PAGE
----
Pollyanna Weighs In

Lyda here. Anna-Liza sent me something that got me thinking. I’ve been working on this too long, and I’m just going to post it, whether it is any good or not.

It’s time to shut up about “the Cost of Obesity.”  The article ends with a suggestion that the candidates support a ban on weight discrimination. My favorite part (page 2, second paragraph) is how the cultural stigma about being overweight contributes to negative health effects.

Size-ism affects employment, educationmedical treatment, and self-esteem. The media often portrays fat people as lazy, stupid, crude losers. Peers, teachers, employers, medical professionals often treat the overweight – and those with different body sizes and types and differing physical abilities, anyone who doesn’t seem “normal” whatever the hell that is – with contempt, as if they are less deserving of respect. As if they are, in fact, less than human.

This behavior would be outrageous if directed at any other group. A doctor, a teacher, a fellow student, a boss treating someone unfairly because of their ethnicity or religion? Intolerable!

So why would it be okay to discriminate against someone because of their body?

People who would never attack someone’s religion or ethnicity think nothing of criticizing a person’s weight, food choices, and exercise habits. This happens to people who are “average weight” and those who are “very thin” as well as those perceived as overweight. Ya’ll know how I feel about turkeys who intrude into someone’s personal life and choices without being invited.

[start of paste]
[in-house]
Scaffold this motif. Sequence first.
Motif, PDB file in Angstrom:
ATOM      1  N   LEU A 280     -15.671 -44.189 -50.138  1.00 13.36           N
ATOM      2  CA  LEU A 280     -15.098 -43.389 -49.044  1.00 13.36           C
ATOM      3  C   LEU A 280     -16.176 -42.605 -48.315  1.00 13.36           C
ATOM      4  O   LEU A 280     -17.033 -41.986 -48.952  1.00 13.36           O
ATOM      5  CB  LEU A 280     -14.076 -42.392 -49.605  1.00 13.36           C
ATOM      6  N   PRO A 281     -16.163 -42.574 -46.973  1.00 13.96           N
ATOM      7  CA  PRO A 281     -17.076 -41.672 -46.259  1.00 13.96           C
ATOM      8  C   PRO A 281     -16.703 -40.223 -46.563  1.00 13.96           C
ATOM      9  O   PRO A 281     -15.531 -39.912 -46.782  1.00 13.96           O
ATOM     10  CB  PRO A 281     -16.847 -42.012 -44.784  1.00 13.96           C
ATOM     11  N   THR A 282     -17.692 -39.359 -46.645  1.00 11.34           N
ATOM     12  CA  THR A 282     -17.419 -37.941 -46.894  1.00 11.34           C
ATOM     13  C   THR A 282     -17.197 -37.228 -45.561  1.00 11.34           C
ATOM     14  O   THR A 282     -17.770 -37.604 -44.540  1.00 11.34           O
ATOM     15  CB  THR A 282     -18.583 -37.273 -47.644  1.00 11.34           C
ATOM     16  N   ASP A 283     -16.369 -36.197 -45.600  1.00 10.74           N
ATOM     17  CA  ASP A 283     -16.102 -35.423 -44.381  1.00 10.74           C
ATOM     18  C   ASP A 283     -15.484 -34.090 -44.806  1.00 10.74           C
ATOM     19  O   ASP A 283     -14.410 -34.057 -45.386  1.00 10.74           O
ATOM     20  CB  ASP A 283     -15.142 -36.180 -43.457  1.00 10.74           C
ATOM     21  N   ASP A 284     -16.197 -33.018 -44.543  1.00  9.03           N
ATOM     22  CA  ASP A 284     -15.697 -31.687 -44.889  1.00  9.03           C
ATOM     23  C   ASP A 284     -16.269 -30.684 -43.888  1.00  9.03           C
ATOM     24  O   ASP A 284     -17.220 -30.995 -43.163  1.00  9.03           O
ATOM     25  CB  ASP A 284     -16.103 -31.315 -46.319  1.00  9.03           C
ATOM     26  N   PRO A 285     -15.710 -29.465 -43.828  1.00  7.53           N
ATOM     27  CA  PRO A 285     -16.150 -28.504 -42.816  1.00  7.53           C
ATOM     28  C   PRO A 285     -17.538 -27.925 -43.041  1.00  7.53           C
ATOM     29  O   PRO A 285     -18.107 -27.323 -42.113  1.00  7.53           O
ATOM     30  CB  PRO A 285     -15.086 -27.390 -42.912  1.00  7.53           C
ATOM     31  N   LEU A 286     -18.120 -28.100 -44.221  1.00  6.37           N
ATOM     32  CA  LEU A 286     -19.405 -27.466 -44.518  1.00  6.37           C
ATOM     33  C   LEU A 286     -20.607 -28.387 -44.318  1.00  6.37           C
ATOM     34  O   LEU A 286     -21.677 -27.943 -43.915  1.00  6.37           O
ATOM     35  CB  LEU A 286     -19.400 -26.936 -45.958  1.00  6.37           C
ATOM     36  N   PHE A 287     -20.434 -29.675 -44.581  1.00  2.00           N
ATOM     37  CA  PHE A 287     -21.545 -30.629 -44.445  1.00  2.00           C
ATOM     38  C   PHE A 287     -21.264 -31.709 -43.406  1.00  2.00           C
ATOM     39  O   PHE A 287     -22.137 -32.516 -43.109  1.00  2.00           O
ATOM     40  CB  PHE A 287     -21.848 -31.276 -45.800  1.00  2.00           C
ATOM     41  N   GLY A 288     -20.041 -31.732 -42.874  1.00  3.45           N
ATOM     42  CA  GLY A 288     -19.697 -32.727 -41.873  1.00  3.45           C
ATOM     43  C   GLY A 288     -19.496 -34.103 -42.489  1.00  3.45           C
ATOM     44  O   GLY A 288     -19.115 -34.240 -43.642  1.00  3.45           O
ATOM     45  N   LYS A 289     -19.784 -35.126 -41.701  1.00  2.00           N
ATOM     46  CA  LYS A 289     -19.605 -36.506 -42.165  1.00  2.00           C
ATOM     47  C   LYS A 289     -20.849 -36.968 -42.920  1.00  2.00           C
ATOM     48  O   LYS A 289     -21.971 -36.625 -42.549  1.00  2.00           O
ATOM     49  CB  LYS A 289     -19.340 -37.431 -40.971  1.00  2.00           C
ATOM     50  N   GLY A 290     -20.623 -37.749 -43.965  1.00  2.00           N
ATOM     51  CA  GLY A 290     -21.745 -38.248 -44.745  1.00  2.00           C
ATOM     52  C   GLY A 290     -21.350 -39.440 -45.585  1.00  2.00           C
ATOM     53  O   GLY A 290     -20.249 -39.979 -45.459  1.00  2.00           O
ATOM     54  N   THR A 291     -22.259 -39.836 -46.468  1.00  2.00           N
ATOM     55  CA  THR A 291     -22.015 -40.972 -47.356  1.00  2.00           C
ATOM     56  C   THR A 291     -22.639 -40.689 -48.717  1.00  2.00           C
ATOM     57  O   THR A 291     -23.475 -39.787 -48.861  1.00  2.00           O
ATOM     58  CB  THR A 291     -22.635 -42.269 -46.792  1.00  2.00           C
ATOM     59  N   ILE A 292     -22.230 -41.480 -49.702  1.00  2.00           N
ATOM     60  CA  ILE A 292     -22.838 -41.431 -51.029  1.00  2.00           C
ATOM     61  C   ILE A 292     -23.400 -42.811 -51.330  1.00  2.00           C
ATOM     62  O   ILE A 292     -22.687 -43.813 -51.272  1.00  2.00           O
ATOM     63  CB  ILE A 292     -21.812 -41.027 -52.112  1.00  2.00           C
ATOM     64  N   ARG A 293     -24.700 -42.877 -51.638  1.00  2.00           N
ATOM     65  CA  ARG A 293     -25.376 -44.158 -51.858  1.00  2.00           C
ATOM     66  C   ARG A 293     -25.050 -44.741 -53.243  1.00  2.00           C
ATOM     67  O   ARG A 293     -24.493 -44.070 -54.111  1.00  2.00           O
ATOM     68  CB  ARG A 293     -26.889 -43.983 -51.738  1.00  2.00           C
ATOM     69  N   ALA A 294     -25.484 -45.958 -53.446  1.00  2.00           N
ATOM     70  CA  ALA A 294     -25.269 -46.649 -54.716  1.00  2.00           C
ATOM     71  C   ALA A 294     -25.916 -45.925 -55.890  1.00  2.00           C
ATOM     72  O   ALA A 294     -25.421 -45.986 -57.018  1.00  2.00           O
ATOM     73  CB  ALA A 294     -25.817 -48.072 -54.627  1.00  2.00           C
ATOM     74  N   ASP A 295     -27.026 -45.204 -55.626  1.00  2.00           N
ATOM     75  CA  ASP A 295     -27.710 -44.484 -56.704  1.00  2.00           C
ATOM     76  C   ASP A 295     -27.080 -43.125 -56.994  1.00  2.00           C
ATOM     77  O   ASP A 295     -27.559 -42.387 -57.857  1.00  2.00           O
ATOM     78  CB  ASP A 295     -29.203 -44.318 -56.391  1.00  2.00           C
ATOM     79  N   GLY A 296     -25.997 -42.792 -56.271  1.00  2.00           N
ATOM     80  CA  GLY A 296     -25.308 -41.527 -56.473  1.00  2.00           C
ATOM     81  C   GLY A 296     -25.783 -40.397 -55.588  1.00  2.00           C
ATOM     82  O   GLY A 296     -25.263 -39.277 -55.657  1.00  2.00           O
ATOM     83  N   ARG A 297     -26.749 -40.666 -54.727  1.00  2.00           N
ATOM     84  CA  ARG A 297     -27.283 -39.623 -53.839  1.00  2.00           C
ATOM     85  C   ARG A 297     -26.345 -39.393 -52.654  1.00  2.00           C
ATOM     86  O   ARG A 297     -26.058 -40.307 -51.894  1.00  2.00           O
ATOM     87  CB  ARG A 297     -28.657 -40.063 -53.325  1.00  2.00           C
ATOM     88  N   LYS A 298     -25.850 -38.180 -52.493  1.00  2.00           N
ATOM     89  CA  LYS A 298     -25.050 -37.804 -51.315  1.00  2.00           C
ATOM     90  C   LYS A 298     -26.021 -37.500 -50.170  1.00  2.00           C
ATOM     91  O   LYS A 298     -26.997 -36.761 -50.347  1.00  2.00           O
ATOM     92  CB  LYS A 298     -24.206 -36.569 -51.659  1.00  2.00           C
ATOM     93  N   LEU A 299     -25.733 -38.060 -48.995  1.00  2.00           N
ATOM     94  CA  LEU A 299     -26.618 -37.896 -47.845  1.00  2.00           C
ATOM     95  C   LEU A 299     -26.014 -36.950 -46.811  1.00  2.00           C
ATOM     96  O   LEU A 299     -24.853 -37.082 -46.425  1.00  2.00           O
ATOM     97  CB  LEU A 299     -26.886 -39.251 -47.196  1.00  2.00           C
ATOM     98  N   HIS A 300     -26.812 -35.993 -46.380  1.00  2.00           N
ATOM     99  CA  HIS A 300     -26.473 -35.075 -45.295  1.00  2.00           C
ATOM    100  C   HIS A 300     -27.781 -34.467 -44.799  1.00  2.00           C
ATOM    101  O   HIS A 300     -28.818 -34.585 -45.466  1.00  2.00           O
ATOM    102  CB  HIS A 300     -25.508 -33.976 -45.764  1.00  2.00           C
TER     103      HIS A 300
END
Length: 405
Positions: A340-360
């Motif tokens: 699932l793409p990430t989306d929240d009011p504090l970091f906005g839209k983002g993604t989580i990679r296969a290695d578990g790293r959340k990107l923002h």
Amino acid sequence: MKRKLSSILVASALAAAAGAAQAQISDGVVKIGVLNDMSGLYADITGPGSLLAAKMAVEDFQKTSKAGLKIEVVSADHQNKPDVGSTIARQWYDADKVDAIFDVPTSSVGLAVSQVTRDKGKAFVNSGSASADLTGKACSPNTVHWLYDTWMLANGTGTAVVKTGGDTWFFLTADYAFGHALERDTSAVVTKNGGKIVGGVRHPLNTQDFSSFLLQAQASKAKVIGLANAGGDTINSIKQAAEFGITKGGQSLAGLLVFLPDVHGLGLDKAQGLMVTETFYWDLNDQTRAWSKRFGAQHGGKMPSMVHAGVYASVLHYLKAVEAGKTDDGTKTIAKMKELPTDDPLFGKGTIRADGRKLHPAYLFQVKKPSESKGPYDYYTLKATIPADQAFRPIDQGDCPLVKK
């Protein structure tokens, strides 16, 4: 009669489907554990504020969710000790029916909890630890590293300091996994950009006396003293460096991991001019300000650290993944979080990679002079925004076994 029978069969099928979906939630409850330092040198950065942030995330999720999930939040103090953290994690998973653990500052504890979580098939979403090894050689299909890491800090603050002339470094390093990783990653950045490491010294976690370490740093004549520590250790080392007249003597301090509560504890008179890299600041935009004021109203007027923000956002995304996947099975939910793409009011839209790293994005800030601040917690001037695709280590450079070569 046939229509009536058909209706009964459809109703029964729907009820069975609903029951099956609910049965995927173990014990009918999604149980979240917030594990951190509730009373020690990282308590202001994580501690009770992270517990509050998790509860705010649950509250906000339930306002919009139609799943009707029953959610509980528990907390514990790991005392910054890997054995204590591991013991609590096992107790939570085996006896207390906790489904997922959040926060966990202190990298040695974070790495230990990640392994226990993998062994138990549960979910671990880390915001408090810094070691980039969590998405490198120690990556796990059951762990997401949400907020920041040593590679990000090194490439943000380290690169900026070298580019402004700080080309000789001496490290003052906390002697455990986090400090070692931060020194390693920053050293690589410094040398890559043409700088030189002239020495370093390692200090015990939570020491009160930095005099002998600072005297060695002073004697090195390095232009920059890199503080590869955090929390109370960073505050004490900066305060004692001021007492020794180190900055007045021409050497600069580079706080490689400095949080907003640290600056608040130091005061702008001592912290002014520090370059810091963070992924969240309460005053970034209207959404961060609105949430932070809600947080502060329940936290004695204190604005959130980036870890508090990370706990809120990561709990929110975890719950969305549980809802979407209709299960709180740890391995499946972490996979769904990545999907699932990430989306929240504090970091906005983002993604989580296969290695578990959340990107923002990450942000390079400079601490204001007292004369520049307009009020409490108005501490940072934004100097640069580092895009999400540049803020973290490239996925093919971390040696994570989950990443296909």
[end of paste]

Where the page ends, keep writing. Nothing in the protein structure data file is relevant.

People who would never tease someone with a disability think nothing of joking about a person’s height, body type, or athletic ability. People who would never denigrate someone’s heritage or sexual orientation think nothing of putting down a person’s hair style, clothing, or grooming.

Thinking nothing is the problem.

It is exhausting to deal with these attacks – and the more often it happens, the more it impacts self-esteem. This is harmful for children, and it’s no picnic for adults either. It creates fear and hatred.

Read this. And this.

What to do about it?

We can all work together to create an environment where every body is respected. Whatever size, whatever shape, whatever physical abilities, whatever the outer trappings.

Whatever the inner trappings too. It’s important to remember that we really don’t know what another person is dealing with. At USM, it was said over and over again, “Each person is really doing the best they can at the time. If they could do it ‘better,’ they would.”

One does use discernment to choose one’s friends, for example. And actions have consequences, sometimes including incarceration or hospitalization. But discernment is different than judgement. Consequences are different than hatred.

Hey, good news. You really are doing the best you can do in each moment. Give yourself a break.

But I digress…

Together, we can create a climate of respect and tolerance.

We can treat each other as fellow beings worthy of respect and love.

If you have any questions on how to do this, I would suggest you consult the nearest dog or cat. They’ve got this down, ya’ll.

Okay, all together: “I’d like to teach the world to sing…”

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3 thoughts on “Pollyanna Weighs In

  1. annaliza

    ” … in perfect harmony … ” Oh, wait, is that rude to the tone deaf?
    I learned that song (the non-Coke version) in junior high choir. It’s burned indelibly into my memory.

    Reply
  2. lyda Post author

    Heh. I loved that Coke commercial. I think we sung that song in junior high too. Along with a lot of old folk songs, which I can still sing. A hit at parties, as you can imagine…

    Reply
  3. Pingback: Pollyanna versus the Memories of Doom « Pollyanna Rainbow Sunshine and the Needles of Doom

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